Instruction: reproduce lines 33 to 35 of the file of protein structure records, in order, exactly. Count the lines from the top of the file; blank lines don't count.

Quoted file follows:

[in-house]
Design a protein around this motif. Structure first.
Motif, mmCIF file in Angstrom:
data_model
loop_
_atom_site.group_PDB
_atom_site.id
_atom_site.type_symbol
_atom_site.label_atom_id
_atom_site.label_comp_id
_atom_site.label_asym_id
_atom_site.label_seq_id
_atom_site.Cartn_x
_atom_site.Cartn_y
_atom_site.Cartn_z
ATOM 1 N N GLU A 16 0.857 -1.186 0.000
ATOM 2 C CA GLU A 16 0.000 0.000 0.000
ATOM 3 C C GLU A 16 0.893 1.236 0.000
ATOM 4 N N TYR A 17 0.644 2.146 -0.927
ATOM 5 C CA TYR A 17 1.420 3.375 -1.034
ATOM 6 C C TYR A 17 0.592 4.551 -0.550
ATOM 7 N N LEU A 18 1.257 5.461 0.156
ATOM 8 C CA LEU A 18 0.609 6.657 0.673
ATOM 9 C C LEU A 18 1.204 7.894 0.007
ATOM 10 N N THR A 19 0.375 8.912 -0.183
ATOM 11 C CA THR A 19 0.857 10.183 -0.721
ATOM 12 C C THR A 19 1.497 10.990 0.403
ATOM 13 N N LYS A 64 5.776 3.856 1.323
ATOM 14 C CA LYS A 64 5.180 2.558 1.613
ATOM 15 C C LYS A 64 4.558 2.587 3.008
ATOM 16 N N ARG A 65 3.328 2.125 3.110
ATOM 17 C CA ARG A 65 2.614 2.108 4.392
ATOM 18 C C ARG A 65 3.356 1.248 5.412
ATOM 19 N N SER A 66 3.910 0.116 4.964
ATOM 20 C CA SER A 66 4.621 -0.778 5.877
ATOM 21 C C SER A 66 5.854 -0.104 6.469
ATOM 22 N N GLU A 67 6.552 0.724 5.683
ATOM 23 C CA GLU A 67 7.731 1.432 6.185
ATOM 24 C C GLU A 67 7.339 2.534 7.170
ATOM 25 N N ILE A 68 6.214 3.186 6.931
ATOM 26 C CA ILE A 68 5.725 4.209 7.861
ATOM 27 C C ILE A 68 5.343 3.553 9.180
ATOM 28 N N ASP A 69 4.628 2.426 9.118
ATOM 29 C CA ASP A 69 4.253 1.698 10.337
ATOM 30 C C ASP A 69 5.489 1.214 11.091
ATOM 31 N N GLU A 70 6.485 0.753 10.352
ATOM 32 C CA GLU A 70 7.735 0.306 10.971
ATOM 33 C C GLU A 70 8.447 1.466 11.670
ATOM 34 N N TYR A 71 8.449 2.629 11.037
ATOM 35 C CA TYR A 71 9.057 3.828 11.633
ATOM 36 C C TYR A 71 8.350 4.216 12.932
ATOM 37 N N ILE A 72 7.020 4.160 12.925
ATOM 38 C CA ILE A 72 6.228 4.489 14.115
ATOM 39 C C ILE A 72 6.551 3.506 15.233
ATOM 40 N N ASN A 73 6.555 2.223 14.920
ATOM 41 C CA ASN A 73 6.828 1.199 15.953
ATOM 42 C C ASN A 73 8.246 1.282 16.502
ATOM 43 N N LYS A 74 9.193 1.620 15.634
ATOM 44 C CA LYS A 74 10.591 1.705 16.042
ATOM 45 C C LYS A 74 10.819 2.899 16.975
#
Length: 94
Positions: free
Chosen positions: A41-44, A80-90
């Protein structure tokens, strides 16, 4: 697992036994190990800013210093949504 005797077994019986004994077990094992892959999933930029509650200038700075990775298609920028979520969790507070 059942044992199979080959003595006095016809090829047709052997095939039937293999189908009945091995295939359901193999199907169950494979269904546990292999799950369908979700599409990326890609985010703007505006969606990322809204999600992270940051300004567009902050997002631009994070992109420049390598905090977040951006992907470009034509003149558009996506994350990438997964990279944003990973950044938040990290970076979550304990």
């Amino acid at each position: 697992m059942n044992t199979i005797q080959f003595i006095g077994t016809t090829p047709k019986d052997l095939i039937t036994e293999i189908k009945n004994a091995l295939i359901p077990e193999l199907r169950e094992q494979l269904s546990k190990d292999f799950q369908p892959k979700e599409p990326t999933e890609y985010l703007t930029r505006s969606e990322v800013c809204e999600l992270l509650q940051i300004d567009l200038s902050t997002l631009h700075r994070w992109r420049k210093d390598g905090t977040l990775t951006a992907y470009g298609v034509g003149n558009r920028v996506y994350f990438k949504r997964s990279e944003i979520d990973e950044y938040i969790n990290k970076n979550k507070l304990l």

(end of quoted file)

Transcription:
ATOM 18 C C ARG A 65 3.356 1.248 5.412
ATOM 19 N N SER A 66 3.910 0.116 4.964
ATOM 20 C CA SER A 66 4.621 -0.778 5.877